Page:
The wisdom of Tyler Durden

“We’re the middle children of history man, no purpose or place. We have no Great war, no Great depression, our great war is a spiritual war, our great depression is our lives. We’ve been all raised by television to believe that one day we’d all be millionaires and movie gods and rock stars, but we won’t and we’re slowly learning that fact.”

An Andean fog descends upon the Colombian capital, engulfing it in a timeless shell. A civil, guerrilla and drug warfare ridden history travels in its eerie haze. Yet its assault on the streets of Bogota’s old quarter, La Candelaria, is stymied by the vibrant tones of street art. Bogota’s grafiteros are the middle children-fighting a spiritual war.

Over the past two decades, socio-political, economic and technological advances have arguably enhanced the human experience.  This generation has been largely untouched by the conflict, economic maladies and social unrest to the extent faced by an early 20th Century global community finding its footing.   Today our battles focus on improving our rights, where our previous endeavours would have fought to create or defend them.

I see all this potential, and I see squandering. God damn it, an entire generation pumping gas, waiting tables; slaves with white collars. Advertising has us chasing cars and clothes, working jobs we hate so we can buy shit we don’t need. “

The ‘spiritual war’ we face is endogenous to our environment. In the West, our battle is coming to terms with the consumerist society we have created, and questioning how to weight our values within it. In October 2012 a ‘WATERisLIFE.com’ video campaign went viral on YouTube. The video showed Haitians standing amid shanty huts, reading out ‘first-world problems’ such as ‘I hate it when my phone charger doesn’t reach my bed.’ Although its aim was to demonstrate the banality the ‘western world’, it still puts into perspective how spheres of concern shift as our basic rights are fulfilled.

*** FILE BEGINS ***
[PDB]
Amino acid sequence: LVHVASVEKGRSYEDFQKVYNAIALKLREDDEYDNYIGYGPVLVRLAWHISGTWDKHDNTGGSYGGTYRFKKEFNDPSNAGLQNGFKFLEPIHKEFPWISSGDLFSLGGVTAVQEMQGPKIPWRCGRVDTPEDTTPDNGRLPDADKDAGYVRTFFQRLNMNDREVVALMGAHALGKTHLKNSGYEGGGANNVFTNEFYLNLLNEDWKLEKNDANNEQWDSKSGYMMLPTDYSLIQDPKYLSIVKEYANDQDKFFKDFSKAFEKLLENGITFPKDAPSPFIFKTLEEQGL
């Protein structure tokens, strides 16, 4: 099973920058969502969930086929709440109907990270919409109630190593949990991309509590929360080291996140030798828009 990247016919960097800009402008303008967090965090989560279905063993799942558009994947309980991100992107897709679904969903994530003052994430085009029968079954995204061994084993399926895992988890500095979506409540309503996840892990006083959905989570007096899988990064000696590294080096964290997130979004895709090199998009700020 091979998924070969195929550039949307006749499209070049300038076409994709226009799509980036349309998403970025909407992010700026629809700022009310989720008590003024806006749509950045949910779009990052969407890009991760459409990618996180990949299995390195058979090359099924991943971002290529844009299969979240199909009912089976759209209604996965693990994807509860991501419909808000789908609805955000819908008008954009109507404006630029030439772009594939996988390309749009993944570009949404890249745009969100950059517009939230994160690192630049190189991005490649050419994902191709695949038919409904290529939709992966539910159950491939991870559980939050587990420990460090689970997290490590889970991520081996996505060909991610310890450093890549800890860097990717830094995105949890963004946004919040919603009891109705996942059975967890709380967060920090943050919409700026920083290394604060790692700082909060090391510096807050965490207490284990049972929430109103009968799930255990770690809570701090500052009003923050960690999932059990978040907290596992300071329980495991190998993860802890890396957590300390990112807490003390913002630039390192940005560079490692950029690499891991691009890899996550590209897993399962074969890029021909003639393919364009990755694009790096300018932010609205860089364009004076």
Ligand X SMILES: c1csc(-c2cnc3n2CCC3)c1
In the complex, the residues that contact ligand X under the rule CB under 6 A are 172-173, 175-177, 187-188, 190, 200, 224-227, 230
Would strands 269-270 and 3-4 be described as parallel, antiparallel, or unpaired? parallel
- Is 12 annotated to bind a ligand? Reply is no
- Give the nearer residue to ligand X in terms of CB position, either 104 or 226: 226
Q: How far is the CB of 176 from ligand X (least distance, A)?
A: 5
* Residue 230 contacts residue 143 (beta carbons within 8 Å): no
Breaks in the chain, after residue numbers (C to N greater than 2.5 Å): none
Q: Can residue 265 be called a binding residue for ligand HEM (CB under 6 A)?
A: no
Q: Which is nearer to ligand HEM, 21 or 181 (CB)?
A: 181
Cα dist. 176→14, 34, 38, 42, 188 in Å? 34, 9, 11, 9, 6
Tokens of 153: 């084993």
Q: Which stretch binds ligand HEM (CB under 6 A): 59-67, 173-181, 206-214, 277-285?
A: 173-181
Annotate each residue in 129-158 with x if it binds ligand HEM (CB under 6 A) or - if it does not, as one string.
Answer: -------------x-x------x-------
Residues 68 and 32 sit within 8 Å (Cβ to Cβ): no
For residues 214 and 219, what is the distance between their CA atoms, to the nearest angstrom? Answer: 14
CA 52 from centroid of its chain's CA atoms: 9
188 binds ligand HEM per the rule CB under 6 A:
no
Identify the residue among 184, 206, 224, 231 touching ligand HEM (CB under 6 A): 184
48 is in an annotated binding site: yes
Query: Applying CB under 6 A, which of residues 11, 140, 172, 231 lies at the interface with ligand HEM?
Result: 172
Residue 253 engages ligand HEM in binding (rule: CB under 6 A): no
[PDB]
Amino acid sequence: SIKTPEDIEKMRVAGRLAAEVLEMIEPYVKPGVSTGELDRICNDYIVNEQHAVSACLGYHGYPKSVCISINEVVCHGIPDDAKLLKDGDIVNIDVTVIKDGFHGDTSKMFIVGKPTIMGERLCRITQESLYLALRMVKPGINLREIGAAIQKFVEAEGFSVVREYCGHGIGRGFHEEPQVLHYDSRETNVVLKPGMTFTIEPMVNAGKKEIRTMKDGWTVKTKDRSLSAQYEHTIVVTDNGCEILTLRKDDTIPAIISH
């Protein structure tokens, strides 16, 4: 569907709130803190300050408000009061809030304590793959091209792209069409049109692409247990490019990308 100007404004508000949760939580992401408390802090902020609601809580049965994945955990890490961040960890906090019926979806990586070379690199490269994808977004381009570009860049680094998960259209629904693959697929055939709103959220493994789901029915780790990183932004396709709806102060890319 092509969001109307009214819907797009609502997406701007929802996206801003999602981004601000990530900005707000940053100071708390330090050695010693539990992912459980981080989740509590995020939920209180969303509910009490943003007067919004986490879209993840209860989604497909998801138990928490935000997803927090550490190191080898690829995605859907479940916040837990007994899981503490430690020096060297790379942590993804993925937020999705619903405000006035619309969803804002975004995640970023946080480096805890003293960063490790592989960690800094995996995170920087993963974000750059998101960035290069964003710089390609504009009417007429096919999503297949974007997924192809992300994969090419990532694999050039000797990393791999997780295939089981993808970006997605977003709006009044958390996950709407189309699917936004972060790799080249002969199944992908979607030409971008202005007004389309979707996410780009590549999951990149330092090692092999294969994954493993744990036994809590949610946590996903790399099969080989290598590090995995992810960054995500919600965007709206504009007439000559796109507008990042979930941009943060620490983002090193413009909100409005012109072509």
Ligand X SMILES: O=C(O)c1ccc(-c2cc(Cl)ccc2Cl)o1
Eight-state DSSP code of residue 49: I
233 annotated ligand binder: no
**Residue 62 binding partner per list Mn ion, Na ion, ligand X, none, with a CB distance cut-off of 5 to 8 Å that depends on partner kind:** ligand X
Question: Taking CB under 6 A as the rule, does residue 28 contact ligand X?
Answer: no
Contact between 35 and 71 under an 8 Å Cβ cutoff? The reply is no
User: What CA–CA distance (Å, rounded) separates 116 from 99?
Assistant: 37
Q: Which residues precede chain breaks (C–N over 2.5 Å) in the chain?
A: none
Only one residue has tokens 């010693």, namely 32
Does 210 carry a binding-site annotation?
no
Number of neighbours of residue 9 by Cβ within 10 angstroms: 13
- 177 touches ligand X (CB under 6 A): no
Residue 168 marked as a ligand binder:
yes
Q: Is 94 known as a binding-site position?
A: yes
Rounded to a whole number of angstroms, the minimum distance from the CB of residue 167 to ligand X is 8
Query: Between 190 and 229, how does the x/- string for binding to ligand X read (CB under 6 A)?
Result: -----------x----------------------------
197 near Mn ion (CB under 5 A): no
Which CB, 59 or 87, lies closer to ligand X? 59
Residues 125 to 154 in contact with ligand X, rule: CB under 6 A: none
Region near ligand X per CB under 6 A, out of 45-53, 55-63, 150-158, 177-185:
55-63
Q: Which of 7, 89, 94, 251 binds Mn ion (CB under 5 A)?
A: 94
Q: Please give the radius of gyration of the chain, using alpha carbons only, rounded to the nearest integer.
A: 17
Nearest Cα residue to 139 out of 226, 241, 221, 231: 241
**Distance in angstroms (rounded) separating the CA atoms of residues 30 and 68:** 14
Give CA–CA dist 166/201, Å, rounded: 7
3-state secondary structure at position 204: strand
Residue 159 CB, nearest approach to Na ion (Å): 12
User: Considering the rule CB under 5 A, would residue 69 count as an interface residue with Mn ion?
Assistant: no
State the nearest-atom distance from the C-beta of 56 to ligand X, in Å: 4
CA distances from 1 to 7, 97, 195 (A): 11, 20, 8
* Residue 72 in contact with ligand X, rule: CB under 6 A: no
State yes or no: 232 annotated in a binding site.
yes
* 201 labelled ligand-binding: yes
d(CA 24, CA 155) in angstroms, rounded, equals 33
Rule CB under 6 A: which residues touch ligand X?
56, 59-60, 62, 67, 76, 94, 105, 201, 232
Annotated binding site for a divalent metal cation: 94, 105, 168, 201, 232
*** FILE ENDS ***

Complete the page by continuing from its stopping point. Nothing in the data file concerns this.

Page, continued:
For others, a spiritual war is about questioning their place in society. The growth of Islamic extremism illustrates how a proxy war to battle a western society, believed to be impeding freedoms, in reality is a redirection of anger from those finding themselves at the margins of society. Their frustrations have seen them indoctrinated into Jihad, and xenophobic organisations such as the English Defence League and British National Party, to find some semblance of voice.

A decade on from the 9/11, the Arab spring has demonstrated how the changing global environment has given humanity the opportunity to change the historic foundations forged for them. Social media provided the tipping point to battle against oppressive political regimes-and fuel a spiritual war for the Arab world’s people, who are trying to improve their positions in society.

In Bogota, the walls on each street tell a different story, from the anti-imperialist and anti-capitalist spray-paintings by the artist Toxicomano, to the feminism and poverty graphics of Bastardilla. On one Bogotano garage door, a large mural of a young woman carrying a rich man and his belongings on her back comes into view.  Despite the humid afternoon mist fanning the capital, the deeply etched Spanish word ‘culpa’ or blame is easily readable on the rich man’s crucifix. ‘The poor and rich cannot live in harmony’ adds Ana, my guide. ‘The details, the messages and the colours are so impressive that some property owners actually pay the grafiteros to spray paint on their walls’.  Where the spray-paint can is symbolic for anti-social behaviour, Bogotanos have made it their sign of defiance and empowerment, their canvasses become their voice.

As we reflect on our place in society and choose our ‘spiritual war’, we must select our creative voices over our destructive ones to give ourselves a purpose and place, and to make a mark on history, where we are ‘the middle children.’

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